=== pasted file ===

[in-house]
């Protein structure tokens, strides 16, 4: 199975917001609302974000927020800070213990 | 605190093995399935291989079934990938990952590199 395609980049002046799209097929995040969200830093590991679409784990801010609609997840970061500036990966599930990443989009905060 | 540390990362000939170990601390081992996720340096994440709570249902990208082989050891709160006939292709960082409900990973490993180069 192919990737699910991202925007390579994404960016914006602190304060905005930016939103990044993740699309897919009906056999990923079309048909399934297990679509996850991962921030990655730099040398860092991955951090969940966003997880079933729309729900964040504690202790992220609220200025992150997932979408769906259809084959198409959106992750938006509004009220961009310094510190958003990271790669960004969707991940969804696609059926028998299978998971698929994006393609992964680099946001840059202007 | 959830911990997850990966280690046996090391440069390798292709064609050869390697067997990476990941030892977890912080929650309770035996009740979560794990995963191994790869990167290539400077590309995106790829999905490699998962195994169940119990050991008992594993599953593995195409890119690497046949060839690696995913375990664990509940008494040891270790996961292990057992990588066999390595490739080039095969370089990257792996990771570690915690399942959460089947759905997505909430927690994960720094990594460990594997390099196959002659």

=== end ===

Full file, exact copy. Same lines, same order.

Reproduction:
[in-house]
């Protein structure tokens, strides 16, 4: 199975917001609302974000927020800070213990 | 605190093995399935291989079934990938990952590199 395609980049002046799209097929995040969200830093590991679409784990801010609609997840970061500036990966599930990443989009905060 | 540390990362000939170990601390081992996720340096994440709570249902990208082989050891709160006939292709960082409900990973490993180069 192919990737699910991202925007390579994404960016914006602190304060905005930016939103990044993740699309897919009906056999990923079309048909399934297990679509996850991962921030990655730099040398860092991955951090969940966003997880079933729309729900964040504690202790992220609220200025992150997932979408769906259809084959198409959106992750938006509004009220961009310094510190958003990271790669960004969707991940969804696609059926028998299978998971698929994006393609992964680099946001840059202007 | 959830911990997850990966280690046996090391440069390798292709064609050869390697067997990476990941030892977890912080929650309770035996009740979560794990995963191994790869990167290539400077590309995106790829999905490699998962195994169940119990050991008992594993599953593995195409890119690497046949060839690696995913375990664990509940008494040891270790996961292990057992990588066999390595490739080039095969370089990257792996990771570690915690399942959460089947759905997505909430927690994960720094990594460990594997390099196959002659």